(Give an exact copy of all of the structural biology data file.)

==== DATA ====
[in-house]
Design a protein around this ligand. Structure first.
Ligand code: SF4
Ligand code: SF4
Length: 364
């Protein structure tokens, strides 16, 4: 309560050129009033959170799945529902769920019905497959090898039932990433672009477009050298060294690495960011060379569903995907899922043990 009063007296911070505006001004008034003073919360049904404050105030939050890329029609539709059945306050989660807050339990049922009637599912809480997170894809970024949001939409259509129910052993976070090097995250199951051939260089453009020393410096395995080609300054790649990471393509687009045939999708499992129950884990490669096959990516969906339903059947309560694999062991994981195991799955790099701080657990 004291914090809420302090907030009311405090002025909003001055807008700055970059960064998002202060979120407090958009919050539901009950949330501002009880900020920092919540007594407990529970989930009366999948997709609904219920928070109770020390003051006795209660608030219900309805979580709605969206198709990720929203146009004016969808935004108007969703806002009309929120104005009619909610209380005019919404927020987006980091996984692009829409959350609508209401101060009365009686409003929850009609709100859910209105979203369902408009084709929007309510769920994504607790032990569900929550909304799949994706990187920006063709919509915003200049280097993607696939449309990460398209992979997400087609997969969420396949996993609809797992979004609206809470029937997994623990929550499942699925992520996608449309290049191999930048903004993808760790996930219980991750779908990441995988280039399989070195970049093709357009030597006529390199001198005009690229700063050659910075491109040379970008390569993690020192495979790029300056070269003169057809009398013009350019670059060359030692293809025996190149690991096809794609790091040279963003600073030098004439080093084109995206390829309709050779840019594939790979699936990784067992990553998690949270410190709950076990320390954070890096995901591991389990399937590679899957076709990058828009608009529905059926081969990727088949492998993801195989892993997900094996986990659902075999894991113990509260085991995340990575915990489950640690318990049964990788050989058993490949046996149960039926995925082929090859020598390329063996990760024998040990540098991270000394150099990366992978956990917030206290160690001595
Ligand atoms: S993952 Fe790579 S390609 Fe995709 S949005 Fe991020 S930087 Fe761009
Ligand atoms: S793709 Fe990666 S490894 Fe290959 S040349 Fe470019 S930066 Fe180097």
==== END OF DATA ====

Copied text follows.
[in-house]
Design a protein around this ligand. Structure first.
Ligand code: SF4
Ligand code: SF4
Length: 364
């Protein structure tokens, strides 16, 4: 309560050129009033959170799945529902769920019905497959090898039932990433672009477009050298060294690495960011060379569903995907899922043990 009063007296911070505006001004008034003073919360049904404050105030939050890329029609539709059945306050989660807050339990049922009637599912809480997170894809970024949001939409259509129910052993976070090097995250199951051939260089453009020393410096395995080609300054790649990471393509687009045939999708499992129950884990490669096959990516969906339903059947309560694999062991994981195991799955790099701080657990 004291914090809420302090907030009311405090002025909003001055807008700055970059960064998002202060979120407090958009919050539901009950949330501002009880900020920092919540007594407990529970989930009366999948997709609904219920928070109770020390003051006795209660608030219900309805979580709605969206198709990720929203146009004016969808935004108007969703806002009309929120104005009619909610209380005019919404927020987006980091996984692009829409959350609508209401101060009365009686409003929850009609709100859910209105979203369902408009084709929007309510769920994504607790032990569900929550909304799949994706990187920006063709919509915003200049280097993607696939449309990460398209992979997400087609997969969420396949996993609809797992979004609206809470029937997994623990929550499942699925992520996608449309290049191999930048903004993808760790996930219980991750779908990441995988280039399989070195970049093709357009030597006529390199001198005009690229700063050659910075491109040379970008390569993690020192495979790029300056070269003169057809009398013009350019670059060359030692293809025996190149690991096809794609790091040279963003600073030098004439080093084109995206390829309709050779840019594939790979699936990784067992990553998690949270410190709950076990320390954070890096995901591991389990399937590679899957076709990058828009608009529905059926081969990727088949492998993801195989892993997900094996986990659902075999894991113990509260085991995340990575915990489950640690318990049964990788050989058993490949046996149960039926995925082929090859020598390329063996990760024998040990540098991270000394150099990366992978956990917030206290160690001595
Ligand atoms: S993952 Fe790579 S390609 Fe995709 S949005 Fe991020 S930087 Fe761009
Ligand atoms: S793709 Fe990666 S490894 Fe290959 S040349 Fe470019 S930066 Fe180097």